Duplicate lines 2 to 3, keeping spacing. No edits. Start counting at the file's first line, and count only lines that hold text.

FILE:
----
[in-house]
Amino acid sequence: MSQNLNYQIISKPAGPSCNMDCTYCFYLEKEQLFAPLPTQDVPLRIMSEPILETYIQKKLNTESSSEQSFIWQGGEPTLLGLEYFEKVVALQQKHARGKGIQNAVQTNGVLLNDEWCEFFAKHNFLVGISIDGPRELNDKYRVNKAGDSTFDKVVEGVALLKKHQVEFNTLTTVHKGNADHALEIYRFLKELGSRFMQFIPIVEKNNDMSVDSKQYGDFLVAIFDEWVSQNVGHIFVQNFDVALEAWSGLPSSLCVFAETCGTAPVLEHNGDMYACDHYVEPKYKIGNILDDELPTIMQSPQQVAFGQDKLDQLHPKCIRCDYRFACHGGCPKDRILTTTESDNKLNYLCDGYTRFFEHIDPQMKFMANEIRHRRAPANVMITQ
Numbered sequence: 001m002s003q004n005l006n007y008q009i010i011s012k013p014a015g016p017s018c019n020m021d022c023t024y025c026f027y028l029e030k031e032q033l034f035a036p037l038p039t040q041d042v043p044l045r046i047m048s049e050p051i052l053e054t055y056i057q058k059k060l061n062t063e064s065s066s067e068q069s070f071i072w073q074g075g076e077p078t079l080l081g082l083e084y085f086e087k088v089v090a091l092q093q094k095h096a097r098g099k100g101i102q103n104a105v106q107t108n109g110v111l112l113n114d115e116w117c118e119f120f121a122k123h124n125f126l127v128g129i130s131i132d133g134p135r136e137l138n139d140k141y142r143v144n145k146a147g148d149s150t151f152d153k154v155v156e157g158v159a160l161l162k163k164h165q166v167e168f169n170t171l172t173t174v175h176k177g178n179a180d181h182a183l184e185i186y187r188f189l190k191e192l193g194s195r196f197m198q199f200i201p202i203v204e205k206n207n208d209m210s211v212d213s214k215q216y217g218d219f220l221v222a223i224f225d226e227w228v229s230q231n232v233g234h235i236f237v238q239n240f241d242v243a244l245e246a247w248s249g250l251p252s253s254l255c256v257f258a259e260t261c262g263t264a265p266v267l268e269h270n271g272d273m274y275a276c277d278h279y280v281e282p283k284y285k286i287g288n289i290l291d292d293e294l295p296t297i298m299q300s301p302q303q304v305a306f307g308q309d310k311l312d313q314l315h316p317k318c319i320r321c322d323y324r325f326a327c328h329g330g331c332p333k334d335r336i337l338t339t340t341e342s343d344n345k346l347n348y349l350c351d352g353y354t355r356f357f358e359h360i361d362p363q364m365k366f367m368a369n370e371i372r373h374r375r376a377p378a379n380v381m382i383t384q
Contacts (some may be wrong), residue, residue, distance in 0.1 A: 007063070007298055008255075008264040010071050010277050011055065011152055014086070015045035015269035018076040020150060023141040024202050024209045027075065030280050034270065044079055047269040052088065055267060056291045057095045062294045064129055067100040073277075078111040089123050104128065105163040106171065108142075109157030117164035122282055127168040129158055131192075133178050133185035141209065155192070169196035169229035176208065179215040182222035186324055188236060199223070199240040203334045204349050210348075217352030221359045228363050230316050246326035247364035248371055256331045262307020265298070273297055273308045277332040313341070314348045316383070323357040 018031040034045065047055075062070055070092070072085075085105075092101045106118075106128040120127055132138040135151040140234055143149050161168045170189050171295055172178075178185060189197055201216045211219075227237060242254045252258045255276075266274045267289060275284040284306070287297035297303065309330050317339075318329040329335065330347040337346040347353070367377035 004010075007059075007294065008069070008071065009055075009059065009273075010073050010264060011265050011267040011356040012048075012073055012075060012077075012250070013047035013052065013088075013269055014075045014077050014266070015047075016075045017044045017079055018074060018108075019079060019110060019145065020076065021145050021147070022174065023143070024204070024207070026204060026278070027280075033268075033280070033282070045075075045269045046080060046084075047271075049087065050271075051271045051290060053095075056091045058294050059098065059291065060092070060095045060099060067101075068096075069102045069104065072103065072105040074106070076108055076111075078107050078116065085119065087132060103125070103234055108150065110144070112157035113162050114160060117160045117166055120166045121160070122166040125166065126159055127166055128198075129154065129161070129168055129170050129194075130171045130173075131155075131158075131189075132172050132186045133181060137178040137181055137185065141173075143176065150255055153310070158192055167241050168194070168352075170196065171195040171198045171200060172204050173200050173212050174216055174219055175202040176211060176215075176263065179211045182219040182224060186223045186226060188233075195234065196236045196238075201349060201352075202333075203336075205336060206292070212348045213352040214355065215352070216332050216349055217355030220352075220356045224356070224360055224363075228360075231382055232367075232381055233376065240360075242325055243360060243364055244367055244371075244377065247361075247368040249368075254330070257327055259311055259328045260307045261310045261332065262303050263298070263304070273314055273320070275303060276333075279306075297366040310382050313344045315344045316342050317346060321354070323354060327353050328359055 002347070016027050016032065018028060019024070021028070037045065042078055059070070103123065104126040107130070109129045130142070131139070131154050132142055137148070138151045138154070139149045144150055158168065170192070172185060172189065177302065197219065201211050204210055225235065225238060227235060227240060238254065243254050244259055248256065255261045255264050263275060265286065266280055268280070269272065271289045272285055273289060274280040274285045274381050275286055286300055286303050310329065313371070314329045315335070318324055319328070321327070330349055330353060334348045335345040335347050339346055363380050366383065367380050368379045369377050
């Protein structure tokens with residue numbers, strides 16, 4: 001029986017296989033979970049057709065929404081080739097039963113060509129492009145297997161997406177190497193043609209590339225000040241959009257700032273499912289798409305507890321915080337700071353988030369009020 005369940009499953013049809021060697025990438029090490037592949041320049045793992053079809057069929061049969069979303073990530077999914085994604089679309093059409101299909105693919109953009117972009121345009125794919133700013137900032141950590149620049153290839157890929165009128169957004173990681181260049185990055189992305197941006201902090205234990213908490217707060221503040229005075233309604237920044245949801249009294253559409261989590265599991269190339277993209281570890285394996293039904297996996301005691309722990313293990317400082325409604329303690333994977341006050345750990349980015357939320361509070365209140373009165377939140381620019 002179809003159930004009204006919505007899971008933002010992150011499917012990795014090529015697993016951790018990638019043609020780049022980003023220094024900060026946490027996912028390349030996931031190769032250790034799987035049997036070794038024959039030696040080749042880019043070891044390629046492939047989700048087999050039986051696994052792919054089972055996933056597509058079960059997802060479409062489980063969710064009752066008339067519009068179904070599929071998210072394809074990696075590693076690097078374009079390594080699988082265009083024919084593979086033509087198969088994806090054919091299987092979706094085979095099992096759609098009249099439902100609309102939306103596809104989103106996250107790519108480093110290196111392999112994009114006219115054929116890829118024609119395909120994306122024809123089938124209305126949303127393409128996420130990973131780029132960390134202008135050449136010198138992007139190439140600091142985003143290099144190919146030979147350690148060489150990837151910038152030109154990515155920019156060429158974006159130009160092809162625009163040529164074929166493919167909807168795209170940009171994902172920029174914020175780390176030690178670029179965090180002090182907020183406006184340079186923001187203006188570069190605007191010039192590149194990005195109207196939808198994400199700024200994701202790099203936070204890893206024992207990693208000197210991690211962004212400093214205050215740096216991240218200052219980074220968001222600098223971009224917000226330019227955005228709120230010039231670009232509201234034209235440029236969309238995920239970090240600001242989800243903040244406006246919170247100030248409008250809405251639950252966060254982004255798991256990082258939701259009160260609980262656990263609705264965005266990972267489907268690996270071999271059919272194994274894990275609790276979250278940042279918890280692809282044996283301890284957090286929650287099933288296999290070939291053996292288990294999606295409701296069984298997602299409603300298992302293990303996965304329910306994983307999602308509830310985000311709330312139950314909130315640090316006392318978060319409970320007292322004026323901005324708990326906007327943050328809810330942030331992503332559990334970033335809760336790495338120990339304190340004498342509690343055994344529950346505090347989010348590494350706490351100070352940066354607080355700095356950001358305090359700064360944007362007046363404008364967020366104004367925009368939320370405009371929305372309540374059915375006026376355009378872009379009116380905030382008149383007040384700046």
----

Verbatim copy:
Amino acid sequence: MSQNLNYQIISKPAGPSCNMDCTYCFYLEKEQLFAPLPTQDVPLRIMSEPILETYIQKKLNTESSSEQSFIWQGGEPTLLGLEYFEKVVALQQKHARGKGIQNAVQTNGVLLNDEWCEFFAKHNFLVGISIDGPRELNDKYRVNKAGDSTFDKVVEGVALLKKHQVEFNTLTTVHKGNADHALEIYRFLKELGSRFMQFIPIVEKNNDMSVDSKQYGDFLVAIFDEWVSQNVGHIFVQNFDVALEAWSGLPSSLCVFAETCGTAPVLEHNGDMYACDHYVEPKYKIGNILDDELPTIMQSPQQVAFGQDKLDQLHPKCIRCDYRFACHGGCPKDRILTTTESDNKLNYLCDGYTRFFEHIDPQMKFMANEIRHRRAPANVMITQ
Numbered sequence: 001m002s003q004n005l006n007y008q009i010i011s012k013p014a015g016p017s018c019n020m021d022c023t024y025c026f027y028l029e030k031e032q033l034f035a036p037l038p039t040q041d042v043p044l045r046i047m048s049e050p051i052l053e054t055y056i057q058k059k060l061n062t063e064s065s066s067e068q069s070f071i072w073q074g075g076e077p078t079l080l081g082l083e084y085f086e087k088v089v090a091l092q093q094k095h096a097r098g099k100g101i102q103n104a105v106q107t108n109g110v111l112l113n114d115e116w117c118e119f120f121a122k123h124n125f126l127v128g129i130s131i132d133g134p135r136e137l138n139d140k141y142r143v144n145k146a147g148d149s150t151f152d153k154v155v156e157g158v159a160l161l162k163k164h165q166v167e168f169n170t171l172t173t174v175h176k177g178n179a180d181h182a183l184e185i186y187r188f189l190k191e192l193g194s195r196f197m198q199f200i201p202i203v204e205k206n207n208d209m210s211v212d213s214k215q216y217g218d219f220l221v222a223i224f225d226e227w228v229s230q231n232v233g234h235i236f237v238q239n240f241d242v243a244l245e246a247w248s249g250l251p252s253s254l255c256v257f258a259e260t261c262g263t264a265p266v267l268e269h270n271g272d273m274y275a276c277d278h279y280v281e282p283k284y285k286i287g288n289i290l291d292d293e294l295p296t297i298m299q300s301p302q303q304v305a306f307g308q309d310k311l312d313q314l315h316p317k318c319i320r321c322d323y324r325f326a327c328h329g330g331c332p333k334d335r336i337l338t339t340t341e342s343d344n345k346l347n348y349l350c351d352g353y354t355r356f357f358e359h360i361d362p363q364m365k366f367m368a369n370e371i372r373h374r375r376a377p378a379n380v381m382i383t384q